It’s a sign your new rabbi is progressive when he creates a parody video of Daft Punk’s hit song “Get Lucky” to honour Rosh Hashanah, the high holy holiday celebrating Jewish New Year.
So it should come as no surprise to the congregation of Temple Sholom on Oak Street to discover California-transplant Rabbi Dan Moskovitz uses social media, including Facebook and Twitter, to assist in his teachings.
“Everyday during the high holy holiday I’ll be posting a piece of text and a question on Facebook and Twitter to get dialogue going,” Moskovitz said of the holiday, which starts Sept. 4. “And I’ll continue on each of the 10 days of repentance.”
Moskovitz, who took over as senior rabbi at Temple Shalom July 15, began his love of technology after receiving an Atari 400 computer as a gift for his bar mitzvah in 1983. As an undergraduate at the University of Judaism in Los Angeles, Moskovitz developed a Jewish software company. He needed an online calendar to keep track of Jewish holidays and when he couldn’t find one decided to develop a program himself.
“This was before personal organizers and PalmPilots,” said Moskovitz. “It started out as a database program with stickers and as technology progressed it became digital file software called ShulTools. Today it’s used by more than 10,000 Jews all over the world.”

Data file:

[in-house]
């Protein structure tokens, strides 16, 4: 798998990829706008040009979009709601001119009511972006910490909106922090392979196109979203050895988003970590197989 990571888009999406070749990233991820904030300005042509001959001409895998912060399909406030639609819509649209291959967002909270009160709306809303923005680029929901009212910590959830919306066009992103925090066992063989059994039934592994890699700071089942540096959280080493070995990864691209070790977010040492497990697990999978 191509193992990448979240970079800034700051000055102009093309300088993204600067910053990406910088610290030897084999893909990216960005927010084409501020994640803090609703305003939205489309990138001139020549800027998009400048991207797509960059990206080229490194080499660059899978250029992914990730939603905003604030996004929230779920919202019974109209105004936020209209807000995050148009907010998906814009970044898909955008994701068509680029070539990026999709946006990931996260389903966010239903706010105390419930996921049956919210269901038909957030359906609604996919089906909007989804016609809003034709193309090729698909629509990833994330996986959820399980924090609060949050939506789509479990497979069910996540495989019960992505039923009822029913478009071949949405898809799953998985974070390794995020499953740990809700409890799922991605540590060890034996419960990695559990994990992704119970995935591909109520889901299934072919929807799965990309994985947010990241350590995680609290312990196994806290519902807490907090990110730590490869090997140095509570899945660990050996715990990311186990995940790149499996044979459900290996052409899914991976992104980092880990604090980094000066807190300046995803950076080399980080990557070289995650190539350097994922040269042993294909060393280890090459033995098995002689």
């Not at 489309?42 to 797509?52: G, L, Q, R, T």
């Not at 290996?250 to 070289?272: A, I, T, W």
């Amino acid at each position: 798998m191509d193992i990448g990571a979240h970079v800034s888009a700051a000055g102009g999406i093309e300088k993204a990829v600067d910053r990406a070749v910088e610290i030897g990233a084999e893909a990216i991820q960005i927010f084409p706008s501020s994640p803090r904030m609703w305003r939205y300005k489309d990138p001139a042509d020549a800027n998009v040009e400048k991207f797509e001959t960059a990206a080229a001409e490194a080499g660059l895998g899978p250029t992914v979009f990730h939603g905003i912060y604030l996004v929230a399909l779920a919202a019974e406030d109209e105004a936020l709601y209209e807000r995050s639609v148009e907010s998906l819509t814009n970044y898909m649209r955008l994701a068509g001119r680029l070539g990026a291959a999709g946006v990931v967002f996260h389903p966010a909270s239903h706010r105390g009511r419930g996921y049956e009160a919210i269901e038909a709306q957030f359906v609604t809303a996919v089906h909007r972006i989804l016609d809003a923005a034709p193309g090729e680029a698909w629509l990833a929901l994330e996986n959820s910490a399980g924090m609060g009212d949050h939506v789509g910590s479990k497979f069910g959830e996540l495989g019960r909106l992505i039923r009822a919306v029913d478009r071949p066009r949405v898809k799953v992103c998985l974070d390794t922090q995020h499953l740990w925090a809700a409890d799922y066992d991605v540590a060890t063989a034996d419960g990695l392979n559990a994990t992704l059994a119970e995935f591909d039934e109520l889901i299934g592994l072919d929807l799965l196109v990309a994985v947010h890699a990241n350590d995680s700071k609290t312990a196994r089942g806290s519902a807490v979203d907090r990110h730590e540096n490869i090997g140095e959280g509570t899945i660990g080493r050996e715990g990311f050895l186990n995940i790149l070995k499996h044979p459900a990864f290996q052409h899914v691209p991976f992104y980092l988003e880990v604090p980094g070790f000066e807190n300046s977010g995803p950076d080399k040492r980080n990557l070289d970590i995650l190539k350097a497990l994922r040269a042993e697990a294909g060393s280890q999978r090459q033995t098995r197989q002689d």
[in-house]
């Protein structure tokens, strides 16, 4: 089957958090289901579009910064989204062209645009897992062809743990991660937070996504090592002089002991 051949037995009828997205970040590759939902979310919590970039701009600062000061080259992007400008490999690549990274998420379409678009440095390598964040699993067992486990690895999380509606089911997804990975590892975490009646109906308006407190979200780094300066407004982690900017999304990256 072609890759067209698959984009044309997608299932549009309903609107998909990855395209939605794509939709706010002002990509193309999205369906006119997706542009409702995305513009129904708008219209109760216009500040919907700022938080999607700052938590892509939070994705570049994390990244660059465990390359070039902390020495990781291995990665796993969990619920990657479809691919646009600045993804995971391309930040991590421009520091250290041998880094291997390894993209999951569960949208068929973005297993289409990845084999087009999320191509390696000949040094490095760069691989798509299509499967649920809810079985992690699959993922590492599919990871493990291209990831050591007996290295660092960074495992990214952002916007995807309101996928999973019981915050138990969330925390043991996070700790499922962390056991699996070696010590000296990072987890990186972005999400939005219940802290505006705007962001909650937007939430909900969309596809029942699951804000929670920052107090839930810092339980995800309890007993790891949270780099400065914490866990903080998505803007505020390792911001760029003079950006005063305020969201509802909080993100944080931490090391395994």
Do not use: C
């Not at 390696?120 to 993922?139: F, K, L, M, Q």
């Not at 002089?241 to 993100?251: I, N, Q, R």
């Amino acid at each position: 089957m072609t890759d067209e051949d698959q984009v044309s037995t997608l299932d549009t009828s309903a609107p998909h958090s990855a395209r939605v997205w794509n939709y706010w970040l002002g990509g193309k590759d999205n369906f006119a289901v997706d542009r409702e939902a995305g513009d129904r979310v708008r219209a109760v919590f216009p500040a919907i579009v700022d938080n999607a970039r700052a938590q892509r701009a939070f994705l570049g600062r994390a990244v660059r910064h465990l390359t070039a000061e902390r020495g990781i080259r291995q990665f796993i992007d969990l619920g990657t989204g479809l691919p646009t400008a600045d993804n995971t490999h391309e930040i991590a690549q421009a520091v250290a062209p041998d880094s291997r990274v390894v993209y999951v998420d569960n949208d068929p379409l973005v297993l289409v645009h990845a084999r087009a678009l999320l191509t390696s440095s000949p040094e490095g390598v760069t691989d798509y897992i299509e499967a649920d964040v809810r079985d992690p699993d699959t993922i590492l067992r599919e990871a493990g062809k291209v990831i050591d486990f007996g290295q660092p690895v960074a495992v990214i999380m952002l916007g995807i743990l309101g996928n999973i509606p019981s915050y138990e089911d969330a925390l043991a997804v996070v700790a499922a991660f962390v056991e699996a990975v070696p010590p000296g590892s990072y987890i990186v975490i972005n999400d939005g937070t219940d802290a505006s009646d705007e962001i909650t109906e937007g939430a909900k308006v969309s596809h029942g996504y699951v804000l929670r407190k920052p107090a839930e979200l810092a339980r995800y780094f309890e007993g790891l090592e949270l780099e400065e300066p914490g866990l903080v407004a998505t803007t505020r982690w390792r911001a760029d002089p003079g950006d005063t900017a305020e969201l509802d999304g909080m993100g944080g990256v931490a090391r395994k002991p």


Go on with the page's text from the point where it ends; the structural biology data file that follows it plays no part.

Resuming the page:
Moskovitz also uses technology at Temple Sholom to stream all live and on-demand services, as well as podcasts, so if a member can’t make it to the synagogue they have the option of watching it on a laptop or tablet from home or anywhere in the world. That technology will also come in handy as Moskovitz puts his plan in place to reach more young people. Instead of asking children and youth to attend temple for Hebrew teachings at the end of their school day, Moskovitz will send teachers to a home where a group of four, five or six are gathered.
“It’s not enough to sit on our doorstep waiting for them to knock on the door,” said Moskovitz. “Families are already busy with extra-curricular activities so we said, we’ll go to them.”
Another goal Moskovitz has is to reach out to more men. He explained that as women have grown in the ranks and taken more senior leadership positions, including that of rabbi, some Jewish men have taken a step back. It’s Moskovitz’s goal to have men and women working side by side.
“There’s been a wonderful renaissance for women, but in the progress some men have taken a back seat or even gotten off the bus completely,” said Moskovitz.
He added even when it’s a two-income family it’s often the female spouse who takes charge of the children’s Judaism education.
“The end result is that Judaism has become pediatric in many families, with no real meaningful space for men,” said Moskovitz. “I don’t want men to take the place of women, but to work alongside them. That will include separate programs for men such as women have.”
Moskovitz said the music video, entitled Apples and Honey, has received more than 2,700 views on YouTube.
“I’ve been doing a video every year, but this is the first time for Temple Sholom,” said Moskovitz. “They’re a lot of fun so there’ll be more to come.”
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